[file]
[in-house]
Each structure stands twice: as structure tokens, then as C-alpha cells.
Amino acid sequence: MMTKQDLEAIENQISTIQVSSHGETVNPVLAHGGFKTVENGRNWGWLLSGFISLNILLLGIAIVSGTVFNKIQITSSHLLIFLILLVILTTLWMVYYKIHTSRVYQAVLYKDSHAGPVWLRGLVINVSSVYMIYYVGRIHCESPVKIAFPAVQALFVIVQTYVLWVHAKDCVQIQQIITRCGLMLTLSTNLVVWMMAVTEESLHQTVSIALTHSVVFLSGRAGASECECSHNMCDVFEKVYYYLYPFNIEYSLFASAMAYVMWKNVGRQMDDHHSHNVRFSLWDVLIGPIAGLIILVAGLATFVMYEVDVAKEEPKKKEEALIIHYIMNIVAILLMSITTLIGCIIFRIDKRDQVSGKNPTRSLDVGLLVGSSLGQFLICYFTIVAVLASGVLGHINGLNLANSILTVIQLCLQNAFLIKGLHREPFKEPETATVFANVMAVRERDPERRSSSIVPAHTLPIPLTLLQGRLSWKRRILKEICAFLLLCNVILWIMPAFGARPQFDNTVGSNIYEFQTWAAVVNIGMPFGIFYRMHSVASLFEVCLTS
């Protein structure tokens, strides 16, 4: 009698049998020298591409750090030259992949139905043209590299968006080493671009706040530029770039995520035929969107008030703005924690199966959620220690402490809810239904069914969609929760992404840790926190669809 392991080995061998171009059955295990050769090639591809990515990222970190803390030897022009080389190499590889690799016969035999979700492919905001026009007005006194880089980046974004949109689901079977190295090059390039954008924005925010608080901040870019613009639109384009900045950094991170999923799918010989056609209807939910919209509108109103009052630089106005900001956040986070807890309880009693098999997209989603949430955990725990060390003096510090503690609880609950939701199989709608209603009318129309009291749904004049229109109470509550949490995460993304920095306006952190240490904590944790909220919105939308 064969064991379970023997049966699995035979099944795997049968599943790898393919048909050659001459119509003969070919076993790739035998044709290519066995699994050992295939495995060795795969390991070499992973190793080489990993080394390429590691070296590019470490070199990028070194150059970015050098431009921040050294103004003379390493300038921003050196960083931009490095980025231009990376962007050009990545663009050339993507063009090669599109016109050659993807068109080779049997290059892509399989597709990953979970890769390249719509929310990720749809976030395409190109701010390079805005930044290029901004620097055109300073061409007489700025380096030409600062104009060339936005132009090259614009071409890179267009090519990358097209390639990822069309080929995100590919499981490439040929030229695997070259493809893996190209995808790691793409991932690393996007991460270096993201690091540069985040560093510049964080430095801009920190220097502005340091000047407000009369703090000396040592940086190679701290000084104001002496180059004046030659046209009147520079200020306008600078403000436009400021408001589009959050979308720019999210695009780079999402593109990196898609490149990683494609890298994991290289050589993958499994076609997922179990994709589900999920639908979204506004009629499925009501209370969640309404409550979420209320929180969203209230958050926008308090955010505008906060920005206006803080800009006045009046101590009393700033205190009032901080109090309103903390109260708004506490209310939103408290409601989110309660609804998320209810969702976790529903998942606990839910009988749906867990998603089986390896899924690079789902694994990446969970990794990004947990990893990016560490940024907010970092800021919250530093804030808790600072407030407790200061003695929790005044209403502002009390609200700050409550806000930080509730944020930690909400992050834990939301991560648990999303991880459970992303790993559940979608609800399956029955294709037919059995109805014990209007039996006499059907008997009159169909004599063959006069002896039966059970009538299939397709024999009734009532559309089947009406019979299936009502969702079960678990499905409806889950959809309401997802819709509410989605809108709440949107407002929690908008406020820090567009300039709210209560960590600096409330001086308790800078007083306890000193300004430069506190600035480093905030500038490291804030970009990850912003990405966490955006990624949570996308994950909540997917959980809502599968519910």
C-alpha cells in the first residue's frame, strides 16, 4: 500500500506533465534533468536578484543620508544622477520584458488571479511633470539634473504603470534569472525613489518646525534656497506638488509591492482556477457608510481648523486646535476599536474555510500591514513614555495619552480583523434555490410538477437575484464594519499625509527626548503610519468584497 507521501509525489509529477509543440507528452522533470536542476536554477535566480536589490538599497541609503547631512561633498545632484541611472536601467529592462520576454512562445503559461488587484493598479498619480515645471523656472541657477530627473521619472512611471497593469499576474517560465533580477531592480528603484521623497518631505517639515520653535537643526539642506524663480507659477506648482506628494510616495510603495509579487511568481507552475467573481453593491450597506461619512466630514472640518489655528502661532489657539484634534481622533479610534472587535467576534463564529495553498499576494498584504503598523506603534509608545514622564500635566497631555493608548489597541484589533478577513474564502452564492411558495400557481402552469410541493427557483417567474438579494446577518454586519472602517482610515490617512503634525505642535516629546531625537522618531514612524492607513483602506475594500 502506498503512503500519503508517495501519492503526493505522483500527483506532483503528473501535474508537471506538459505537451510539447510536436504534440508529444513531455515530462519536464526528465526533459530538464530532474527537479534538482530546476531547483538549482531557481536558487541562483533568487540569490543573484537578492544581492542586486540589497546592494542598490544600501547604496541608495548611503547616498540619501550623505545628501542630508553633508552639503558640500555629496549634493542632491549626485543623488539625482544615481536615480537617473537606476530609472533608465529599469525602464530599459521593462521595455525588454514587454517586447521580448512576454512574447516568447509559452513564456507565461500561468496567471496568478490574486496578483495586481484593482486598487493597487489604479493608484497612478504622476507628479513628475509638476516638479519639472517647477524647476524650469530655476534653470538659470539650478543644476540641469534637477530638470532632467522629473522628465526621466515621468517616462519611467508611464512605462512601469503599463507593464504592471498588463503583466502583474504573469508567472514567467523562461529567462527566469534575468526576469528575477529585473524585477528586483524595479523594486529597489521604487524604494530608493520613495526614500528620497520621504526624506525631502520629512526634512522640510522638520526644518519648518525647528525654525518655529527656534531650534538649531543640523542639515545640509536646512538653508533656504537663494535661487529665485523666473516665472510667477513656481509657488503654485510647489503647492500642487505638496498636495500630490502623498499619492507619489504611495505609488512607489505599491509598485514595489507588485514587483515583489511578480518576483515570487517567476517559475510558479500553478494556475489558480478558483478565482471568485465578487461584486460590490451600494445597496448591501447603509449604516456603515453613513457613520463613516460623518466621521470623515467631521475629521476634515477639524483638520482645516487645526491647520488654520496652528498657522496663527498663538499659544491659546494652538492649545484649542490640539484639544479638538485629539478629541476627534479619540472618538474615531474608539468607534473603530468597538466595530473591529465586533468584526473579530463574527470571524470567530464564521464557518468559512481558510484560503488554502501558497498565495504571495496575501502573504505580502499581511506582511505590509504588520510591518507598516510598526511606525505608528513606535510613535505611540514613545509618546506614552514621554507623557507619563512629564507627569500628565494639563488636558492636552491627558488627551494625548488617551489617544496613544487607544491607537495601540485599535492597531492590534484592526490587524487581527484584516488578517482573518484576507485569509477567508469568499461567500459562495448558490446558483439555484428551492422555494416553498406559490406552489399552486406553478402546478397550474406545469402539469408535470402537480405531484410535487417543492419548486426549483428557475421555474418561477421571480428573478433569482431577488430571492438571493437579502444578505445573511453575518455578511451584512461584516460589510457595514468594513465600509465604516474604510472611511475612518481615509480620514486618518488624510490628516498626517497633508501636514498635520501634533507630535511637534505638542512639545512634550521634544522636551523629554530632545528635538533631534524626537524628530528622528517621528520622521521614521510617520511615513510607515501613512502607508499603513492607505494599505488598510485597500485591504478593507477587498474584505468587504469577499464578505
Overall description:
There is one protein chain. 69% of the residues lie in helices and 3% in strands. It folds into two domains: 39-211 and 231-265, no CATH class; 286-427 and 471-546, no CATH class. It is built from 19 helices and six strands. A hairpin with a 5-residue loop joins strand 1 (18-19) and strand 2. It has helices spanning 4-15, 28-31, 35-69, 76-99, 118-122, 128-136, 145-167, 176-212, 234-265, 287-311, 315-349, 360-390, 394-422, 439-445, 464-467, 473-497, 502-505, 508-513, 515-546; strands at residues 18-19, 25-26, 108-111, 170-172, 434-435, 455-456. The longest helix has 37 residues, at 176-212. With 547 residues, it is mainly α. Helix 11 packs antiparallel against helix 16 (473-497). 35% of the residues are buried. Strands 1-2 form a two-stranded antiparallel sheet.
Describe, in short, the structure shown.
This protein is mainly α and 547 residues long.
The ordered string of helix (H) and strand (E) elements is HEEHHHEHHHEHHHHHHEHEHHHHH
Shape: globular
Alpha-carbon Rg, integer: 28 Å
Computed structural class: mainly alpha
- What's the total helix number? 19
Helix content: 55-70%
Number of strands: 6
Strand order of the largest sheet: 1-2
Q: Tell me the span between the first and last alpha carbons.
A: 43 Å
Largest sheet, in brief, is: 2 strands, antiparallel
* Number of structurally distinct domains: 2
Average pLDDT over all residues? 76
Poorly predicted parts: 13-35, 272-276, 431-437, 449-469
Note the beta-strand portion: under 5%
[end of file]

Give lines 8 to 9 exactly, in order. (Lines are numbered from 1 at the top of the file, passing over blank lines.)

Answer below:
Describe, in short, the structure shown.
This protein is mainly α and 547 residues long.